Wound Healing, Burn Injuries and Plastic Surgery

Posted by e-Medical PPT Monday, September 24, 2012
Wounds
Any breach in the surface of the body or any tissue disruption produced by the application of energy

Wound Healing
As wound heals:
Fluid and cells drain from damaged tissue
Exudate may be:
Clear
Bloody
Pus-containing
Proper wound healing:
Cleanliness and care of lesion
Proper circulation
Good general health and nutrition


Phases of healing
Inflammatory
  Bleeding/clotting
  Migration of WBCs
  Cell swelling
Reparative
  Laying down of collagen + migration of epith. cells
  New capillary loops
  Proliferation of fibroblastsstrands of collagen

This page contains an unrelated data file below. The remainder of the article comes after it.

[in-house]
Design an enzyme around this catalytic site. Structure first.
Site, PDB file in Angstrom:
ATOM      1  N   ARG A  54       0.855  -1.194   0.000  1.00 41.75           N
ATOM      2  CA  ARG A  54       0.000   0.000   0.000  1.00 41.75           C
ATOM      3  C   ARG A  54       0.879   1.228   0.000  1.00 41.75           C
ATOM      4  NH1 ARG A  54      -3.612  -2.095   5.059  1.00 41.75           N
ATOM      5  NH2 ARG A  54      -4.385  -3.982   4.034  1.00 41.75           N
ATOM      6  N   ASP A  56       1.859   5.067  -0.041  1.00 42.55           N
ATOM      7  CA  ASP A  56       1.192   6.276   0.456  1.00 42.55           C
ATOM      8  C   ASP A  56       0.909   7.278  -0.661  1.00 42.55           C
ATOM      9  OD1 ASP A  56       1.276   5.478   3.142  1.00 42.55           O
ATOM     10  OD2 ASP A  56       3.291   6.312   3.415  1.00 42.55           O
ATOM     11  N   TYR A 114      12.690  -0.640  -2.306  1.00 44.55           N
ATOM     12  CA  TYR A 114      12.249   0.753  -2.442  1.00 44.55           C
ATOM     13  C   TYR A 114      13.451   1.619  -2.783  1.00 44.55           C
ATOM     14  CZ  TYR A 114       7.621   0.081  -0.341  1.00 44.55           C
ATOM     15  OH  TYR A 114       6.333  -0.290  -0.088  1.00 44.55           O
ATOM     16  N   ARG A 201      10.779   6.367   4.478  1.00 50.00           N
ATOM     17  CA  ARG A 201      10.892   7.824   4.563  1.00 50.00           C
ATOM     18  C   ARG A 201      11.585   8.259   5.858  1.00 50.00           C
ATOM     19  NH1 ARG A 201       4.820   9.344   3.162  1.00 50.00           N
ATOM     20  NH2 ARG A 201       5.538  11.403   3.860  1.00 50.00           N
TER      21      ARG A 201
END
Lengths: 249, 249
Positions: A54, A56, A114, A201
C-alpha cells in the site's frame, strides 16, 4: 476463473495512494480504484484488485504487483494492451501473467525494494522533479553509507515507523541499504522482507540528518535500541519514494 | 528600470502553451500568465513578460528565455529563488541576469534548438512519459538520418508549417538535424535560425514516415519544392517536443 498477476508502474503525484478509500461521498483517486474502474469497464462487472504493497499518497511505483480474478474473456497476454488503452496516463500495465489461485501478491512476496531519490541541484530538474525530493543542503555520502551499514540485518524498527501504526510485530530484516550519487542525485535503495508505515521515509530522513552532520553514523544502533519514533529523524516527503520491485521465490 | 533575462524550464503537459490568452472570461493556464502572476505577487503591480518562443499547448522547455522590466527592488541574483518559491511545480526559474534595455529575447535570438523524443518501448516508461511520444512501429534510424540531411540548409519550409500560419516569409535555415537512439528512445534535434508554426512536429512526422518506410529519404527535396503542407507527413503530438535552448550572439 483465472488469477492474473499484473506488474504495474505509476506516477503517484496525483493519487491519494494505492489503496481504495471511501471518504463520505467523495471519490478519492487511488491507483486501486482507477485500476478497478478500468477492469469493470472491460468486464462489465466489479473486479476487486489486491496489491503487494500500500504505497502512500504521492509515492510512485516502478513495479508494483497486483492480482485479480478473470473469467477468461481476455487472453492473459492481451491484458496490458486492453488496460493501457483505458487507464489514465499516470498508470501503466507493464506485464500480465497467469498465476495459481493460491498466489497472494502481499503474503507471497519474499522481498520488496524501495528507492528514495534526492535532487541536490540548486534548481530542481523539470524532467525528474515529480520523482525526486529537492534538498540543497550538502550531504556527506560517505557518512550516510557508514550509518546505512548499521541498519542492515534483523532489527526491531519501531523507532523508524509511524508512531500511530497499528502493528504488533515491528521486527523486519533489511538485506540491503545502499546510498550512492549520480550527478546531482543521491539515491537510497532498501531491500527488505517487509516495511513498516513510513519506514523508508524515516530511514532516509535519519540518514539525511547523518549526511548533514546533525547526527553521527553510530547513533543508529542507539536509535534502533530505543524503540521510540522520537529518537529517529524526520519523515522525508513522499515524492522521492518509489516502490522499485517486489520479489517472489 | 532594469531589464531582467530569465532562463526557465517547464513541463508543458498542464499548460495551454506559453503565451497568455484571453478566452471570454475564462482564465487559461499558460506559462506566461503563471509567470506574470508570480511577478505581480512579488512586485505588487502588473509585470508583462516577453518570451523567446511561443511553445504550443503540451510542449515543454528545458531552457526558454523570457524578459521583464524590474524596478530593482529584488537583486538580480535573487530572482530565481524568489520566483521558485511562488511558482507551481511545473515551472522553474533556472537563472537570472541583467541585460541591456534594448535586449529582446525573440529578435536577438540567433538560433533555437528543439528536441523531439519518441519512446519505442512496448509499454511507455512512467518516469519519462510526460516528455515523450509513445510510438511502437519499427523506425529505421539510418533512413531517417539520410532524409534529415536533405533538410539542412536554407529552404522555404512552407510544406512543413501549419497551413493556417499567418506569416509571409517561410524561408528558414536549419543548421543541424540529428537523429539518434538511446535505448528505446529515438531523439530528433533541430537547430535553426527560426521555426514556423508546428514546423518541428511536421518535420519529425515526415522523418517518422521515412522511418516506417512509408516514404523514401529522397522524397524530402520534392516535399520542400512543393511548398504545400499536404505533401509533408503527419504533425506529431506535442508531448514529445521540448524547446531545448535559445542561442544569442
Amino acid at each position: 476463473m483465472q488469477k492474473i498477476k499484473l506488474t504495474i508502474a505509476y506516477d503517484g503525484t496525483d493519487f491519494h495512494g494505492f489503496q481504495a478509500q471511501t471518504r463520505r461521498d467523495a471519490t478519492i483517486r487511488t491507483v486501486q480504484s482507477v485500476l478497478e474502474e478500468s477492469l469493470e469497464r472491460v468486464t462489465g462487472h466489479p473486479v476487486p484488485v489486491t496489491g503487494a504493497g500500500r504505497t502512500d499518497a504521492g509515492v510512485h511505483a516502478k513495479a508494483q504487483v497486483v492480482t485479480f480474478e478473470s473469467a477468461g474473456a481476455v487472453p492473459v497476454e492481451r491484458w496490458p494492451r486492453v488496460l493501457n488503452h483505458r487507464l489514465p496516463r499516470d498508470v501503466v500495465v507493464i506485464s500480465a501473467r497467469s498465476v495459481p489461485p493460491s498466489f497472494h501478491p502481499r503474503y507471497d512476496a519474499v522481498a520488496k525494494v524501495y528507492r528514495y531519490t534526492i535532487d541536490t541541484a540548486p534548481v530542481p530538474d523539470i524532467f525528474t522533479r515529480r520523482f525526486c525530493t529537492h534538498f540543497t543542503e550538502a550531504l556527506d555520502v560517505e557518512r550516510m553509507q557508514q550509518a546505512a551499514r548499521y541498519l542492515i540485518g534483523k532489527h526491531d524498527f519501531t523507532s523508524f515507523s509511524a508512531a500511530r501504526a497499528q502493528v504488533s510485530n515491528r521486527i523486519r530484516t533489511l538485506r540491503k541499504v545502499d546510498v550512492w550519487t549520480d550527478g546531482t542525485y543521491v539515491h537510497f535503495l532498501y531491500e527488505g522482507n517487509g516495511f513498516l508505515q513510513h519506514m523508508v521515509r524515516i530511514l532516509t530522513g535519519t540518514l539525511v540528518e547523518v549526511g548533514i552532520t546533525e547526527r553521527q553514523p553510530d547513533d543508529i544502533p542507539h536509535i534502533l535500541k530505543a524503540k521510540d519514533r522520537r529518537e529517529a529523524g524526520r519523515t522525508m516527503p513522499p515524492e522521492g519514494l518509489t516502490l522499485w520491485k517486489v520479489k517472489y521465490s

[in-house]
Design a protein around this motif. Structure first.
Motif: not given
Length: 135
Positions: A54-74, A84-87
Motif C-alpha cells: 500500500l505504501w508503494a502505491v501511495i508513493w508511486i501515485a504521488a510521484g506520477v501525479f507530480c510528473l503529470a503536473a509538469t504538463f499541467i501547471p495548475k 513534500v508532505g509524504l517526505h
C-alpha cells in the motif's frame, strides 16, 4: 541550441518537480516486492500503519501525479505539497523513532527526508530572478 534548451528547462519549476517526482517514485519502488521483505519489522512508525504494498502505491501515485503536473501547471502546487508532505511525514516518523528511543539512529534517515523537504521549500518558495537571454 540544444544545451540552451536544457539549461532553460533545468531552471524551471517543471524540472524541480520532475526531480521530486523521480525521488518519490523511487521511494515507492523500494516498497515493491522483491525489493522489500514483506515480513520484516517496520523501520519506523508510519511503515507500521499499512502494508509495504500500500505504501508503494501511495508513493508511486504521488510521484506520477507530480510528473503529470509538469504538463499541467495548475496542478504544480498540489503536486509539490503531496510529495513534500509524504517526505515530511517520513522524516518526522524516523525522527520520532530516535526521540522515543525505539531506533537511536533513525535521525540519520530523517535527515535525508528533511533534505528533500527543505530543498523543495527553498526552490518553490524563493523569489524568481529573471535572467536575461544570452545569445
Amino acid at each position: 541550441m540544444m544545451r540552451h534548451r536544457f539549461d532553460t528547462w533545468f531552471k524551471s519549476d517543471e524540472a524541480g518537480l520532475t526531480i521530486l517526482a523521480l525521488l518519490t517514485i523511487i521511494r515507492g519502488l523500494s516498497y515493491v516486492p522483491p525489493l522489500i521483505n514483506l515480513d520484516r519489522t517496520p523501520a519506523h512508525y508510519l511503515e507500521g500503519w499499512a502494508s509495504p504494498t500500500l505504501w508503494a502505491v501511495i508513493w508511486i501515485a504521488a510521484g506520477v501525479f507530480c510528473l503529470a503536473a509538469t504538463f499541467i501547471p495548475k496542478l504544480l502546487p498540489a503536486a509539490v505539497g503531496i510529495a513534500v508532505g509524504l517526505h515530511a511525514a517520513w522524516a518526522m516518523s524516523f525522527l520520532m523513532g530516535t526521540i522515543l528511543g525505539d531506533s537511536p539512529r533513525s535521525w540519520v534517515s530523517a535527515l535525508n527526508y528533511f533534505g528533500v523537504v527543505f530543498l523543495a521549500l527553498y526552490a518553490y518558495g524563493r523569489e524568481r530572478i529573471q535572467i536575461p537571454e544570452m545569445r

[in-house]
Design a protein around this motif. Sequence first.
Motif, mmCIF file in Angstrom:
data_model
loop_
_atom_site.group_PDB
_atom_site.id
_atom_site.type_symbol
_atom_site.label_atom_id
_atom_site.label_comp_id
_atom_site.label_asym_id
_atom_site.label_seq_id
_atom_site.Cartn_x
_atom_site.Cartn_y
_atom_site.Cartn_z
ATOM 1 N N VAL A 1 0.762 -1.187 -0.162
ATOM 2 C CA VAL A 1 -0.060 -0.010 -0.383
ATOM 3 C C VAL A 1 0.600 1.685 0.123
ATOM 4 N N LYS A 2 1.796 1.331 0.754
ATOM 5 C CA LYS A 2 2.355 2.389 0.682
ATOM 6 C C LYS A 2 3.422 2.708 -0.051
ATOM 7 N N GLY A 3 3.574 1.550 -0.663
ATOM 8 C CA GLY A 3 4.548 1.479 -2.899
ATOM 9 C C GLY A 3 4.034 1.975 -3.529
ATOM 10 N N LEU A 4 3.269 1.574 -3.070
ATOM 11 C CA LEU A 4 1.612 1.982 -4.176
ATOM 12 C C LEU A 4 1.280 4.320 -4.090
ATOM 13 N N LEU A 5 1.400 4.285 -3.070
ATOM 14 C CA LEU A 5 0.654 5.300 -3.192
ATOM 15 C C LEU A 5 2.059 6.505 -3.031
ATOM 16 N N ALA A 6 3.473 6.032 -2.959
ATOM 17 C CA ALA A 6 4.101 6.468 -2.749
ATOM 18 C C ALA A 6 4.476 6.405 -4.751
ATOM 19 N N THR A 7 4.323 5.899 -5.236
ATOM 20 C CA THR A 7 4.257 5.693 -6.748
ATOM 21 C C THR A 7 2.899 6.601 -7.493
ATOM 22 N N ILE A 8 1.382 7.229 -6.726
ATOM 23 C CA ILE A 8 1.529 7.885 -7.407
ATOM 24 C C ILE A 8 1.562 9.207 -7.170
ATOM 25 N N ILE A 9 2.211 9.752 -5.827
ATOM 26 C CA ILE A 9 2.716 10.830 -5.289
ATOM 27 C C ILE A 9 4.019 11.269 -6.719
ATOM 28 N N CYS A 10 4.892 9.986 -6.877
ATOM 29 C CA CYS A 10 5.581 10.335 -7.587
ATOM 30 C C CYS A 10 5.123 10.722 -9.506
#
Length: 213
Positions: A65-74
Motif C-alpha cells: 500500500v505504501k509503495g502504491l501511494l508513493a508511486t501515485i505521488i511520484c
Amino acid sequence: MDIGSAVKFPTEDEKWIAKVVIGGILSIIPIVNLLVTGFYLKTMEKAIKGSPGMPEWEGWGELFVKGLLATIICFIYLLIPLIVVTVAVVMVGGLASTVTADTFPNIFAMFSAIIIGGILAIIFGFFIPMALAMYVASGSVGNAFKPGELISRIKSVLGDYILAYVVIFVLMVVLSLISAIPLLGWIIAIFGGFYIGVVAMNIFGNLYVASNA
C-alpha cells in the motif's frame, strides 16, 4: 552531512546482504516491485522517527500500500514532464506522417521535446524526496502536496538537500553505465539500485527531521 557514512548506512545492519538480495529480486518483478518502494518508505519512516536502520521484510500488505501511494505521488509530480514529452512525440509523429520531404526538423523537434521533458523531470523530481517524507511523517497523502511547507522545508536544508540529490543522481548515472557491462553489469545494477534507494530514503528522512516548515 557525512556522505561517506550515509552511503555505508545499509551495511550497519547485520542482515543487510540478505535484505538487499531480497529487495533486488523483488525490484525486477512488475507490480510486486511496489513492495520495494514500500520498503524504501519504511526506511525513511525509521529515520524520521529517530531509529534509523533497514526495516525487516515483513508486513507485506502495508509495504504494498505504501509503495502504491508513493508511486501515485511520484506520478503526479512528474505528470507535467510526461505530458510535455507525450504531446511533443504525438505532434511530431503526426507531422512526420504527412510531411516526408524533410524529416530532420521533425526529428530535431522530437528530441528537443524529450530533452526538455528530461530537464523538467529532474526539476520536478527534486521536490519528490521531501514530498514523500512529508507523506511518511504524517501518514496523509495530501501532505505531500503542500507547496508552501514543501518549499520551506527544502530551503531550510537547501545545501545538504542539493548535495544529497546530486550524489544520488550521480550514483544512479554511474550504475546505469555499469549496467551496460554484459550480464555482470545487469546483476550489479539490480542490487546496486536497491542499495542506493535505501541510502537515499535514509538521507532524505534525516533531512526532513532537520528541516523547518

Consolodative
  reorientation +contraction of collagen
  collagen synthesisdegradation
  Reduce vascularity

Burn Injuries
Statistics
Annually, there are approximately 1.25 million people in the US who sustain burn injuries
Of these, 5,500 do not survive and 51,000 require hospitalization
Persons whose burn injuries require hospitalization have about a 50% chance of sustaining temporary or permanent disability
The most common part of the body involved in burn injury is an upper extremity, followed by the head and neck

Burn Classification
Superficial: only the epidermis
Superficial partial thickness: epidermis and dermis, excluding all the dermal appendages
Deep partial thickness: epidermis and most of the dermis
Full thickness: epidermis and all of the dermis

Burn Treatment
Respiratory care
Administration of fluids
Wound care (debridement)
Pain control
Plastic surgery (eg: skin grafts)
Monitoring for complications
Infections
Cardiovascular
Respiratory
Massage & Physical therapy
massage video
Posttraumatic stress
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